On the wall of the Fondation Cartier in Paris, a patchwork of more than 100 small, colourful portraits hang in a perfectly linear collage. Most of the faces are instantly recognisable – David Lynch is mounted alongside a smiling Patti Smith and Lou Reed, while the imposing figure of Paul Virilio hangs next to an abstract Wolfgang Tillmans.
The work, by Japanese painter and graphic designer Tadanori Yokoo, was commissioned by the Fondation Cartier to mark its 30th anniversary this week. It pays a visual tribute to Fondation Cartier’s treasured community – some of the biggest names in art, music, film and science – who have worked with and exhibited at the museum since it began three decades ago.
A museum and patron of contemporary art, this was the place that orchestrated an impromptu Velvet Underground reunion in 1990, commissioned a show by Jean Paul Gaultier that was made entirely from bread (drily named Pain Couture) and was the first major museum to exhibit the drawings and photographs of film director Lynch in 2007. Even the building, a great glass structure in Montparnasse designed by the French architect Jean Nouvel, has become a Parisian landmark.
To mark the 30th anniversary, an exhibition by the esteemed Argentinian painter Guillermo Kuitca, titled Les Habitants, opens on Saturday. Intended as a journey through the foundation’s history, Kuitca’s installation is a direct response to Lynch’s life-sized recreation of an eerie living room, with deep red walls and a zebra print chair sat hauntingly in the middle, which was first exhibited in 2007.
Instead of simply being an exhibition of his own work, Kuitca’s installation or “visual journey” responds to themes in Lynch’s piece by bringing together a diverse selection of other artworks which purvey themes of space and suburban weirdness. Lynch’s Living Room is on display – with a recording of a concert given by Patti Smith and Lynch at the foundation in 2011 playing in the background – alongside a film by the Armenian film-maker Artavazd Pelechian, a painting by Francis Bacon and two works by Kuitca himself.
“David’s living room had a very profound impact on me when I first saw it,” said Kuitca. “So I wanted to revisit that feeling with this exhibition, and expand on that using work by other artists as well as my own paintings, bringing them together in a dialogue. It is a visualisation and celebration of the foundation’s history and the unique networks between art and artists it has created over the 30 years.”
Discussing Kuitca’s interpretation of his living room piece, Lynch, laughing, told the Guardian: “He completely ruined the whole thing.” He added: “There’s really something to the exhibition. By him taking my work as a starting point it kind of kicks a new trail and it has led to fantastic things, so I’m all for it.”
The director of films such as Mulholland Drive and creator of the cult TV show Twin Peaks also spoke about how the foundation had been the first to champion him as an artist and photographer, rather than as a film-maker.
“Before I worked with the Fondation Cartier, I had never really thought about my art, my drawings and my photographs, in that way,” said Lynch. “It all began when Hervé Chandès, the director of the foundation, came to my house and the next thing I knew I was having my first solo show here in 2007. Now I have so many shows of my art, so it is incredible what Hervé and the Fondation started.”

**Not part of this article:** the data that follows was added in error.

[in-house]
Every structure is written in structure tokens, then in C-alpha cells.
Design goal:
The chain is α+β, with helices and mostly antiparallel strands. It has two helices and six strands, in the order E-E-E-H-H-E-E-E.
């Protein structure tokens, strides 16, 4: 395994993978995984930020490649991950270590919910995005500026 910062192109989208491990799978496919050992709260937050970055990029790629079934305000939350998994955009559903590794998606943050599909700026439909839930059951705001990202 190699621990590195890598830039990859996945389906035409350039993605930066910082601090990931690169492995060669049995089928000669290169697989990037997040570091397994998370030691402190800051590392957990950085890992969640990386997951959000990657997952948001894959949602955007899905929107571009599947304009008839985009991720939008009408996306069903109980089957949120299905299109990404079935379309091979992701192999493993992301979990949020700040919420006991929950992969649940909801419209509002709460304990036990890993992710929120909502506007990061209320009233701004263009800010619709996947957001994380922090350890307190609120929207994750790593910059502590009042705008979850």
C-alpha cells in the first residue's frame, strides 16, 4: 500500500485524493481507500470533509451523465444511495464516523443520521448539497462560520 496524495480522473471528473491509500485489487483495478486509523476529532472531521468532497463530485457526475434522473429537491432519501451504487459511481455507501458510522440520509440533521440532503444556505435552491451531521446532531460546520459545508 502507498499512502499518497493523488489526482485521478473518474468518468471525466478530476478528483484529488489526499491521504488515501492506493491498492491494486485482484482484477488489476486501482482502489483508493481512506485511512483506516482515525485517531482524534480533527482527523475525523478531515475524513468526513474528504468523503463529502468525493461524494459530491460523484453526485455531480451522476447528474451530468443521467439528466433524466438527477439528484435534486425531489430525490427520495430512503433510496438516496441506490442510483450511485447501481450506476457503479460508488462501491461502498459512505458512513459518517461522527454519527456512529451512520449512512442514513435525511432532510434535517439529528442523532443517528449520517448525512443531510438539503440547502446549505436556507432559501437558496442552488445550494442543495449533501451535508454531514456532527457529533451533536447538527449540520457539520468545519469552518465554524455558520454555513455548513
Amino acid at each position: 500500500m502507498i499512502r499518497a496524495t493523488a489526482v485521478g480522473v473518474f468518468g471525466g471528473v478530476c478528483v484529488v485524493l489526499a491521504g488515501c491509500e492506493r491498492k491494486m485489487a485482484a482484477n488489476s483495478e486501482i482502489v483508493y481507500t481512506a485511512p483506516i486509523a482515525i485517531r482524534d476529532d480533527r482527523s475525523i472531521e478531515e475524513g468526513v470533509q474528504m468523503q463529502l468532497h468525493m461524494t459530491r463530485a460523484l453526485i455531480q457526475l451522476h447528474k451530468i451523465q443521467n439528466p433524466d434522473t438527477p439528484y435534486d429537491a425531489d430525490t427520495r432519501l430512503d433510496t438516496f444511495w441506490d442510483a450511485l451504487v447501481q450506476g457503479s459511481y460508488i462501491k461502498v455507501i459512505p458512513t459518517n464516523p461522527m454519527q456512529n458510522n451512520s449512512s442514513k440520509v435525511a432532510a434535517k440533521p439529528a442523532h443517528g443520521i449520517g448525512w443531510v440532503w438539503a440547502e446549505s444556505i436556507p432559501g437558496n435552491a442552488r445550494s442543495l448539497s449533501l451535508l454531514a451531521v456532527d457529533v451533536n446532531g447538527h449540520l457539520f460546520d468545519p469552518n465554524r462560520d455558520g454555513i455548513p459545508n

Lynch, who also contributed to a 2011 exhibition at the foundation celebrating mathematics, added: “This is a place that is completely designed to champion artists without restraint. It inspires them, it connects them, it feeds the work and that is very very important. They celebrate art, they protect the art but then they also become like family with these artists. And they have no boundaries.”
The Fondation Cartier began life in 1984, at a time when contemporary art was beginning to burgeon in France. While it is still funded 60% by the jeweller Cartier, it operates under the strict rule that no artist who works with the foundation can ever work with the luxury brand, creating a distinct and important line between the business and arts patronage.
Alain Dominique Perrin, who set up the foundation, said: “What we have done is not only show the artists like other museums have done, we have gone further and we have pushed them to go further, in their exhibitions and our commissions.
“We have around 1,000 artists we work with and the great thing is, they always come back. David Lynch is here every month, the same with Patti Smith. I think it is very unique. Where in the world do you see artists putting on an exhibition but then revisiting over and over? That’s why we are different. We are here only to serve the art and the artists.”
William Eggleston, the celebrated photographer widely credited as the pioneer of colour photography as an artistic medium, also spoke about his fruitful relationship with the museum. which It began eight years ago when the foundation commissioned him to go into the Arizona desert in the US to take photos, and later Kyoto, Japan, and then Paris. His pictures, showing a darker, raw side to the French capital, have since become iconic.
Now aged 75, he echoed Lynch’s sentiments that the foundation had become family. Speaking in his gravelly Memphis drawl, he said: “It was the foundation who first invited me to photograph Paris. But I’ve also been doing abstract drawings all my life and the foundation was the first place to say, let’s bring both together in an exhibition and show them alongside my photos. No one had ever done that before. It was very unusual and I loved it.
“This is a unique place to be as an artist. If there is another place in the art world like this, then I have never found it. They understood that, whether people like it or not, the world is in colour. Always has been, always will be.”
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